Geography-based Passive Clustering in Wireless Mobile Networks

F. Chender, A. Hafid (Canada), A. Benslimane (France), and T.J. Kwon (USA)


Clustering, geographic, flooding, routing ad hoc networks, sensor networks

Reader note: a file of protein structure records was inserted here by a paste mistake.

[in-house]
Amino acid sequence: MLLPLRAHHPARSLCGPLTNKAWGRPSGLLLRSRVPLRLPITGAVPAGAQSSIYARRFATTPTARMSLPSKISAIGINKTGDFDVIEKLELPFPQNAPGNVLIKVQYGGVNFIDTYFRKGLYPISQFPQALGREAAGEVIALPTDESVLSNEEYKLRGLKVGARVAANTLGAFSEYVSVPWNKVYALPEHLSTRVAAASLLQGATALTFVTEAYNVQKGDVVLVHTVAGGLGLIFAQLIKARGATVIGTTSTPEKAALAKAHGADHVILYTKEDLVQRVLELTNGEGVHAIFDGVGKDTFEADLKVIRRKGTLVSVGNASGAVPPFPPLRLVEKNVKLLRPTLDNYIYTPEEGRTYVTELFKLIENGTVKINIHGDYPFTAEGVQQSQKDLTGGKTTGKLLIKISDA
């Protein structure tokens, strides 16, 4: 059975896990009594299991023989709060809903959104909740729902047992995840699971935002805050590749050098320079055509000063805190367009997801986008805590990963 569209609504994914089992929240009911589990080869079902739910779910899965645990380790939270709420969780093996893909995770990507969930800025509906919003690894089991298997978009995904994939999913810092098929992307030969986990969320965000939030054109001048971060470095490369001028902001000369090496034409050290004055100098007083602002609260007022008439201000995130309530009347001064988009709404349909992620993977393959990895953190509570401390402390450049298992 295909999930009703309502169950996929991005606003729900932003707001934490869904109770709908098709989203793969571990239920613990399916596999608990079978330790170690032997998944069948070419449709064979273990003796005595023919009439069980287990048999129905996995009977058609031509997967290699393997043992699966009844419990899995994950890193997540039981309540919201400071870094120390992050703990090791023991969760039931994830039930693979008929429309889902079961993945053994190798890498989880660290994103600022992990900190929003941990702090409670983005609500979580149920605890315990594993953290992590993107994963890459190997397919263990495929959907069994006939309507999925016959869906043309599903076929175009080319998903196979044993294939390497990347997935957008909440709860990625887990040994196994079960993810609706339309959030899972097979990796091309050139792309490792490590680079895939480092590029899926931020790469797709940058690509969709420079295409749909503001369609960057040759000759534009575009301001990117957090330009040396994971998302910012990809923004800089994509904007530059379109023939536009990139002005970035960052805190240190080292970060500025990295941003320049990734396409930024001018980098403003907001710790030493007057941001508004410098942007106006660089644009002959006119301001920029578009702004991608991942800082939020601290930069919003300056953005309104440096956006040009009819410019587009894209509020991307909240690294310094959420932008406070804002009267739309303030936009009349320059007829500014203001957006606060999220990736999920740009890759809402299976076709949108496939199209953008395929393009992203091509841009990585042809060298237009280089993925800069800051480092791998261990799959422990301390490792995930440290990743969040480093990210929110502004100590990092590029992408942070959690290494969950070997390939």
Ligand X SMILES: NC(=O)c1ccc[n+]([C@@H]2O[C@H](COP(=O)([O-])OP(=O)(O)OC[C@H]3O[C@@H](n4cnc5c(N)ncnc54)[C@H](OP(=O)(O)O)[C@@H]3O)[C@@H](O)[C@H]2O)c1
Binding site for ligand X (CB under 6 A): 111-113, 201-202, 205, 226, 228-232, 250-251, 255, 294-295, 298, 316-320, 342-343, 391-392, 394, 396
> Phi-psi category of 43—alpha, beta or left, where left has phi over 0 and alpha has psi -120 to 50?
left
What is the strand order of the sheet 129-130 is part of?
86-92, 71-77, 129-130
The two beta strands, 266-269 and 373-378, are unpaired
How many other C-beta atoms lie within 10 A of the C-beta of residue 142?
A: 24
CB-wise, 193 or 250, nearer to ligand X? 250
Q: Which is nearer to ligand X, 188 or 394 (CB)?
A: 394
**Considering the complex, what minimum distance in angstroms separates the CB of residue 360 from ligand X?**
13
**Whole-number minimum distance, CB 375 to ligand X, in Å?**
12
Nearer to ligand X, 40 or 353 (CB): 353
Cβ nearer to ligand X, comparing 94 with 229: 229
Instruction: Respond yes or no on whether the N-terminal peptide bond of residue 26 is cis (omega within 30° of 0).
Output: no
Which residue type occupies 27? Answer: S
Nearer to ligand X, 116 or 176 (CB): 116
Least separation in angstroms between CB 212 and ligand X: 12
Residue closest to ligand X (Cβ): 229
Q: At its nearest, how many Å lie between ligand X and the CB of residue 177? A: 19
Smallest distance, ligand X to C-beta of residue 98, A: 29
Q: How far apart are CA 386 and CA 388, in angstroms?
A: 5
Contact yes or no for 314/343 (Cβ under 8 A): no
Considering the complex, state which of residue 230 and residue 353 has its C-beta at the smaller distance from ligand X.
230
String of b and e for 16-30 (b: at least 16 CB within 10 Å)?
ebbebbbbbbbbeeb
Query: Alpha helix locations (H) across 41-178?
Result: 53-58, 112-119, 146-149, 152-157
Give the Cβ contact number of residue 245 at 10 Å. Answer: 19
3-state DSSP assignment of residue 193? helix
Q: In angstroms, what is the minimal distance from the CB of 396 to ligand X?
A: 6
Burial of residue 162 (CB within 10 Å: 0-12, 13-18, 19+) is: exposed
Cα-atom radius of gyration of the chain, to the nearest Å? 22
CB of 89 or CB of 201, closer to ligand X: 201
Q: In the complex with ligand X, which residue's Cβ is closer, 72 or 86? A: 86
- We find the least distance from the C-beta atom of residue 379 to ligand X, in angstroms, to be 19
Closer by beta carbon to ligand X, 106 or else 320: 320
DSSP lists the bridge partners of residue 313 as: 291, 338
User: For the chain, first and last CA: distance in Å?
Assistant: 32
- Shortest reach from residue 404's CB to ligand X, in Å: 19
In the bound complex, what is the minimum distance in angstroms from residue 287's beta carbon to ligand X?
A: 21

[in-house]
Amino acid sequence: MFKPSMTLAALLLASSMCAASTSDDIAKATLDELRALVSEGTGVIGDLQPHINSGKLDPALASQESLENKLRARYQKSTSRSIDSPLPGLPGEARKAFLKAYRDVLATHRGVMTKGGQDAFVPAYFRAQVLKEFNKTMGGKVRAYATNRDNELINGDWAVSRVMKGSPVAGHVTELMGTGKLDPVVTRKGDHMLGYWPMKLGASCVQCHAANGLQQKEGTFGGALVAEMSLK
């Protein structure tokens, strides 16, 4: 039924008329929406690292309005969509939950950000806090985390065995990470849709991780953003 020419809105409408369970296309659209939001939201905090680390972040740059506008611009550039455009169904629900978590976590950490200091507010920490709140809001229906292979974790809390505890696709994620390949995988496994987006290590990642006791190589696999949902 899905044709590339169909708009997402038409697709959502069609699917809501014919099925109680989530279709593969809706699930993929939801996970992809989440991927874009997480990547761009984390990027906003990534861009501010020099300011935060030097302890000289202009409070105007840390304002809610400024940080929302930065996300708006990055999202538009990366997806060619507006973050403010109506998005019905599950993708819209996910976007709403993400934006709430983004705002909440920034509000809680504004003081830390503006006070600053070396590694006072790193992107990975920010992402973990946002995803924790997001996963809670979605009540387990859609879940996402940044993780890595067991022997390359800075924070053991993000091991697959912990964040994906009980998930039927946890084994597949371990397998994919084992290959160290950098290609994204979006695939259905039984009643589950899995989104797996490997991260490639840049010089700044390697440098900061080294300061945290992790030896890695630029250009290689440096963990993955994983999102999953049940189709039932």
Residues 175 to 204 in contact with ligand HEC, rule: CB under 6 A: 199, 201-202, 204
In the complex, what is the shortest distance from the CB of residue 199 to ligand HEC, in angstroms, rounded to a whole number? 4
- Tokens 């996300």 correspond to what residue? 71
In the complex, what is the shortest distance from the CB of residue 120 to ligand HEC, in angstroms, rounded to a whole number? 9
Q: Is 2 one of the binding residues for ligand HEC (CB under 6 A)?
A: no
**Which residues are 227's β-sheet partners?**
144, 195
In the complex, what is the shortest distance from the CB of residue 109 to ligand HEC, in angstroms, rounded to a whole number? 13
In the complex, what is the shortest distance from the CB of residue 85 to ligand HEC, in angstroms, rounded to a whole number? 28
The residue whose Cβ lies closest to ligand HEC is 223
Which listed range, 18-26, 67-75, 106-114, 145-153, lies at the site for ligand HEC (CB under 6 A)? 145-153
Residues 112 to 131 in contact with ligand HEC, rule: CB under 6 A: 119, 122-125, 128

The traditional flooding technique is widely used in sensors and mobile ad hoc networks to find a feasible path to a given destination. This technique generates considerable overhead and thus causes high energy consumption by the network nodes. To reduce overhead clustering techniques have been proposed. The basic idea of clustering is to select a set of cluster heads among the nodes in the network and cluster the rest of the nodes with these heads. Gateways are chosen to connect clusters. Then, only cluster heads and gateways perform flooding. The exclusion of non-cluster heads and gateways from flooding improves greatly the flooding efficiency. Most of clustering protocols make use of active signaling, i.e., exchanging extra-packets, for the formation of the cluster structure. There is one clustering protocol, called Passive clustering (PC), which does not require explicit signaling and efficiently controls the number of flooding packets on the fly, without requiring any prior structure. This reduces overhead and alleviates other limitations of active clustering. In this paper we propose a protocol, called Geography based Passive Clustering (GPC), which uses (a) passive clustering to limit the flooding to cluster heads and gateways and (b) geographic coordinates, whenever available, of the network nodes to limit the number of cluster heads and gateways involved in the flooding. Simulations show that GPC outperforms existing protocols; it generates far less overhead and thus reduces considerably energy consumption of the network nodes (i.e., increases the lifetime of the network).

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